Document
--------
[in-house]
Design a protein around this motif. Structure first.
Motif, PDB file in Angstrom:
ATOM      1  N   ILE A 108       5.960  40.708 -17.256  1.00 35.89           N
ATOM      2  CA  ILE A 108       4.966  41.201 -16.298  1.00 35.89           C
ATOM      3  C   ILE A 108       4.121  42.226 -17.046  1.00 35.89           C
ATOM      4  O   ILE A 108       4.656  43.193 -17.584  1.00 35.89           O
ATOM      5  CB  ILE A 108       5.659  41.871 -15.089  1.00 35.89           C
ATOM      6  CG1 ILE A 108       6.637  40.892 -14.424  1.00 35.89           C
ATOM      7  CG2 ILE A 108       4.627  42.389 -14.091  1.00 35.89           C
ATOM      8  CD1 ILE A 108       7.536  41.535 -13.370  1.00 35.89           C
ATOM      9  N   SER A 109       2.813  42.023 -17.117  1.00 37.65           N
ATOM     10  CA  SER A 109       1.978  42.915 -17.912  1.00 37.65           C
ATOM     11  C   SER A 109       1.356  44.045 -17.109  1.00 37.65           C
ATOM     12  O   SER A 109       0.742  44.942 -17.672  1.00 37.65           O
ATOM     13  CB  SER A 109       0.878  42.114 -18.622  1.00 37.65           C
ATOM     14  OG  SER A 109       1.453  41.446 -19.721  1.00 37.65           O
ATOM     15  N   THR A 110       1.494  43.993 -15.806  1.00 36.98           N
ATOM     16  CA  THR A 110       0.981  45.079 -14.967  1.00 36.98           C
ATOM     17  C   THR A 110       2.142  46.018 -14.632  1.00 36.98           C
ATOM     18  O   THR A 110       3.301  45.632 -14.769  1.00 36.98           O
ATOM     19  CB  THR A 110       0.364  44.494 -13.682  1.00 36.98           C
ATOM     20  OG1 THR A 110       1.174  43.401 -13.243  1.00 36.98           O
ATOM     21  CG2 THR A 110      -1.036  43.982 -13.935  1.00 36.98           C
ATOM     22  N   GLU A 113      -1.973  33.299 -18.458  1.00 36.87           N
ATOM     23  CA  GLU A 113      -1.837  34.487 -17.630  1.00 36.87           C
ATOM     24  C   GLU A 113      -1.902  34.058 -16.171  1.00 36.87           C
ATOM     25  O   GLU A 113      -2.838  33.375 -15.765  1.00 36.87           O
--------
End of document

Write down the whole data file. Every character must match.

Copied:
[in-house]
Design a protein around this motif. Structure first.
Motif, PDB file in Angstrom:
ATOM      1  N   ILE A 108       5.960  40.708 -17.256  1.00 35.89           N
ATOM      2  CA  ILE A 108       4.966  41.201 -16.298  1.00 35.89           C
ATOM      3  C   ILE A 108       4.121  42.226 -17.046  1.00 35.89           C
ATOM      4  O   ILE A 108       4.656  43.193 -17.584  1.00 35.89           O
ATOM      5  CB  ILE A 108       5.659  41.871 -15.089  1.00 35.89           C
ATOM      6  CG1 ILE A 108       6.637  40.892 -14.424  1.00 35.89           C
ATOM      7  CG2 ILE A 108       4.627  42.389 -14.091  1.00 35.89           C
ATOM      8  CD1 ILE A 108       7.536  41.535 -13.370  1.00 35.89           C
ATOM      9  N   SER A 109       2.813  42.023 -17.117  1.00 37.65           N
ATOM     10  CA  SER A 109       1.978  42.915 -17.912  1.00 37.65           C
ATOM     11  C   SER A 109       1.356  44.045 -17.109  1.00 37.65           C
ATOM     12  O   SER A 109       0.742  44.942 -17.672  1.00 37.65           O
ATOM     13  CB  SER A 109       0.878  42.114 -18.622  1.00 37.65           C
ATOM     14  OG  SER A 109       1.453  41.446 -19.721  1.00 37.65           O
ATOM     15  N   THR A 110       1.494  43.993 -15.806  1.00 36.98           N
ATOM     16  CA  THR A 110       0.981  45.079 -14.967  1.00 36.98           C
ATOM     17  C   THR A 110       2.142  46.018 -14.632  1.00 36.98           C
ATOM     18  O   THR A 110       3.301  45.632 -14.769  1.00 36.98           O
ATOM     19  CB  THR A 110       0.364  44.494 -13.682  1.00 36.98           C
ATOM     20  OG1 THR A 110       1.174  43.401 -13.243  1.00 36.98           O
ATOM     21  CG2 THR A 110      -1.036  43.982 -13.935  1.00 36.98           C
ATOM     22  N   GLU A 113      -1.973  33.299 -18.458  1.00 36.87           N
ATOM     23  CA  GLU A 113      -1.837  34.487 -17.630  1.00 36.87           C
ATOM     24  C   GLU A 113      -1.902  34.058 -16.171  1.00 36.87           C
ATOM     25  O   GLU A 113      -2.838  33.375 -15.765  1.00 36.87           O